From the Editors
The New York Times says Jadaliyya "Brings New Life to Arab Studies." Read about it by clicking here.
Amal Ghazal and Larbi Sadiki
Is ISIS all about Islam, or about geopolitics? This dualism has framed the debate about ISIS among Western analysts, especially American ones. They have formed two camps, one sees in ISIS and its practices an irrefutable evidence of the “true face of Islam”; another insists that ISIS has nothing to do with “real Islam” and reduces it to a telltale backlash against imperialism and Western policies in the Middle East and North Africa (hitherto MENA). This dichotomous approach ...Keep Reading »
Amal Ghazal is Associate Professor of History at Dalhousie University, Halifax, Canada. She is the author of Islamic Reform and Arab Nationalism: Expanding the Crescent from the Mediterranean to the Indian Ocean (1880s-1930s) (London: Routledge, 2010). Her latest publication is “Tensions of Nationalism: The Mzabi Student Missions in Tunis and the Politics of Anti-Colonialism,” IJMES 47(2015), 47-63. She is co-editing, with Jens Hanssen, The Oxford Handbook of Contemporary Middle-Eastern and North African History (Oxford: Oxford University Press, forthcoming). Her current research project is on religious reform and nationalism in the Mzab valley in Algeria during the colonial period. Read her full profile here: http://www.dal.ca/faculty/arts/history/faculty-staff/our-faculty/amal-ghazal.html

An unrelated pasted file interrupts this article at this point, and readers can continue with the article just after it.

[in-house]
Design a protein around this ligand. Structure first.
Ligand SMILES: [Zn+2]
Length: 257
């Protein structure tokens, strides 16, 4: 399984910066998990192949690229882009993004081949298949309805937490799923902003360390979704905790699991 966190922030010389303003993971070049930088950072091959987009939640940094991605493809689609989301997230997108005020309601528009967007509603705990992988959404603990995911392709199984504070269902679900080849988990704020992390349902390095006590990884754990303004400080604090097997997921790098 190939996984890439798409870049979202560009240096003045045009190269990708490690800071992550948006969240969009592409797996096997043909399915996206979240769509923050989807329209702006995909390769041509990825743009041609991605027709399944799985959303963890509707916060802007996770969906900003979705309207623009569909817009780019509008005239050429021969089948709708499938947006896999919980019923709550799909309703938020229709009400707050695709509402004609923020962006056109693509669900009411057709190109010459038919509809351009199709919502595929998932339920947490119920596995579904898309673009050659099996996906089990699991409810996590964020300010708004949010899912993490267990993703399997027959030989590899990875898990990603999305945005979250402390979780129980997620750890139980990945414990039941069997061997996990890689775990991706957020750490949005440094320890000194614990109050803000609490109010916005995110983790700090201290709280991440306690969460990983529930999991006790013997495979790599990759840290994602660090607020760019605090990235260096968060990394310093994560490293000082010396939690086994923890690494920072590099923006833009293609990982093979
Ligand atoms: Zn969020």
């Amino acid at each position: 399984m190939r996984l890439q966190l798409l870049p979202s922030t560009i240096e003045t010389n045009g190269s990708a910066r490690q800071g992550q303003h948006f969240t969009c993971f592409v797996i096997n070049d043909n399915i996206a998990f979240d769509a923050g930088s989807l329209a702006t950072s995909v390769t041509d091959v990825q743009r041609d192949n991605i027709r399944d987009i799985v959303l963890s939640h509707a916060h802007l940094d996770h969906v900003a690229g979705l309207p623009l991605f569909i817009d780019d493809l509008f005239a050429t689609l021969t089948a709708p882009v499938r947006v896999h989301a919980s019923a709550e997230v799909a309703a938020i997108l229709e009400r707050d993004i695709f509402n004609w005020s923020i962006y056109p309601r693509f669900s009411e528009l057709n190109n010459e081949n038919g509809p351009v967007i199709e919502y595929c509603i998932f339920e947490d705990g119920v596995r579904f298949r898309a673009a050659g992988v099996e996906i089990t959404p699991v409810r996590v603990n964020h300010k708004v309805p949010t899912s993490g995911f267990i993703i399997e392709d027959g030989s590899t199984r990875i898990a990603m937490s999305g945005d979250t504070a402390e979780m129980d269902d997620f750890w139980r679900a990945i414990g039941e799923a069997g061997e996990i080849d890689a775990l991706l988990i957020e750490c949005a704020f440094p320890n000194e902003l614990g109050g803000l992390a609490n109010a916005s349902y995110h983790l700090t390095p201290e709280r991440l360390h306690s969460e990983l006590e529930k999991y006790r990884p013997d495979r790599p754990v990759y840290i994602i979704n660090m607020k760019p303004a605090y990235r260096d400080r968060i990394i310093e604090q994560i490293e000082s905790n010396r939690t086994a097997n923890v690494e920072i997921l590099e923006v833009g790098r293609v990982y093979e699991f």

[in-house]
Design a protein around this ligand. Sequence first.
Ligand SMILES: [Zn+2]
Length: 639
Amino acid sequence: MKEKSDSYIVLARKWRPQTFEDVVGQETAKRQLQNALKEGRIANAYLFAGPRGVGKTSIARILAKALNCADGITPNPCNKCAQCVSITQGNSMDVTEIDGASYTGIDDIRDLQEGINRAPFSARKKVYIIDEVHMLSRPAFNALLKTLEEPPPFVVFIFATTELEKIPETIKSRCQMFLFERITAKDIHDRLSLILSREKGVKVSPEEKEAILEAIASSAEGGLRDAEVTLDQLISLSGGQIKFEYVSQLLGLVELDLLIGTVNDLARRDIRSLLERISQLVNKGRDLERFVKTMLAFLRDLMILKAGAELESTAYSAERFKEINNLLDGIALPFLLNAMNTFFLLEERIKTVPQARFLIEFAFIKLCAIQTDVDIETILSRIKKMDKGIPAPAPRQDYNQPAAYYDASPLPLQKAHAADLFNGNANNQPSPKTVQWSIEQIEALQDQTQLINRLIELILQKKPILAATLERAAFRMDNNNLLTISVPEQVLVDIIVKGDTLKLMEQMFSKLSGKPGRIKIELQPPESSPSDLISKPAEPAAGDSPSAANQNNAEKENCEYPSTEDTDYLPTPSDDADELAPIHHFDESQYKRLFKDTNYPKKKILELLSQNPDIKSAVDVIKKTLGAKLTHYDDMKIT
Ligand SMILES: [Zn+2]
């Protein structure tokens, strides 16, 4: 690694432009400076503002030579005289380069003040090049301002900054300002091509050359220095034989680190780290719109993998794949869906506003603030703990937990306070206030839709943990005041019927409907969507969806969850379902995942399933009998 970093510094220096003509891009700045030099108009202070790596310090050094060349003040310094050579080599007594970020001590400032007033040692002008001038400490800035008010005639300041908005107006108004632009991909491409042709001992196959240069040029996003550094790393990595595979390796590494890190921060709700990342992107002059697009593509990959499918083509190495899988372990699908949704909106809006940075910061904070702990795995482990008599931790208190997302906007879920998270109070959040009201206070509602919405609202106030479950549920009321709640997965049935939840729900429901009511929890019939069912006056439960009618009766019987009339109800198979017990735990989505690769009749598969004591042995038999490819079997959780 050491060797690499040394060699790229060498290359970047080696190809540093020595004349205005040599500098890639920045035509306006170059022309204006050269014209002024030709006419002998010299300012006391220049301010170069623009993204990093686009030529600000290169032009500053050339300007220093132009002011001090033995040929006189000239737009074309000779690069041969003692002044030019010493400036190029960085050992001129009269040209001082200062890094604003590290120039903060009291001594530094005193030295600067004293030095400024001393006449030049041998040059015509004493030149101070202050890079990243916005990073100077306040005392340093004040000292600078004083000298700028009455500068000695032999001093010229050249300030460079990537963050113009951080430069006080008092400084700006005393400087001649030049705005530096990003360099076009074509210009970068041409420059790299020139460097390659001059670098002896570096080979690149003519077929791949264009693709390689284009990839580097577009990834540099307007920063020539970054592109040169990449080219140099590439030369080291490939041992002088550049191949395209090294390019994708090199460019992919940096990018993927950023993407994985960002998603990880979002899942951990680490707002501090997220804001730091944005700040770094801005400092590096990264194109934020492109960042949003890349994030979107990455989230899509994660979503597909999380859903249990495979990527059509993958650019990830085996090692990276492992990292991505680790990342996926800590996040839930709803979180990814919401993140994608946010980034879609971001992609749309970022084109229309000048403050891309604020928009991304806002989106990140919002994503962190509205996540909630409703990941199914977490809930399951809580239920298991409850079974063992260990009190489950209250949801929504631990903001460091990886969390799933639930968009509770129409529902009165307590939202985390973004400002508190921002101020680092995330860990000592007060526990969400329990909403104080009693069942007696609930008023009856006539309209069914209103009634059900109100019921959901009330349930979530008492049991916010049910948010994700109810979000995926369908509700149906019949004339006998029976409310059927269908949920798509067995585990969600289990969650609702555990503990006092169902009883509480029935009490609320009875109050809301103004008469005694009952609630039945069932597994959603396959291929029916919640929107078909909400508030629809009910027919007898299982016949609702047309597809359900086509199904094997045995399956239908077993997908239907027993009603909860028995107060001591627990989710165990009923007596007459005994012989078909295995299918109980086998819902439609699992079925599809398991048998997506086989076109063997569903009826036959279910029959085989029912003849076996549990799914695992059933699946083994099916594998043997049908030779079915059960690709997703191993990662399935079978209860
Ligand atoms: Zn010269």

Larbi Sadiki is Professor of International Relations and Democratization at Qatar University. He is the author of The Search for Arab Democracy: Discourses and Counter-Discourses (New York: Columbia University Press, 2004) and Rethinking Arab Democratization (Oxford: Oxford University Press, 2009, Paperback 2011), and editor of Routledge Handbook of the Arab Spring and Middle East Democratization (London: Routledge, 2015). His latest publication is “Towards a ‘Democratic Knowledge’ Turn? Knowledge Production in the Age of the Arab Spring!” 20.5 (2015), 702-721. He is currently preparing a manuscript on the Tunisian revolution. Read his full profile here: https://www.researchgate.net/profile/Larbi_Sadiki.
"The women express a desire to participate in warfare, and are frustrated when they are forced to remain in the safe houses with the children while the men conduct battle. In 1948, they gain the “right” to guard the kibbutz with hunting rifles. The film concludes with photographs of these women wielding their guns, implying that they gave up their own liberation for the sake of the national struggle and the settler colonial project."click | email | tweet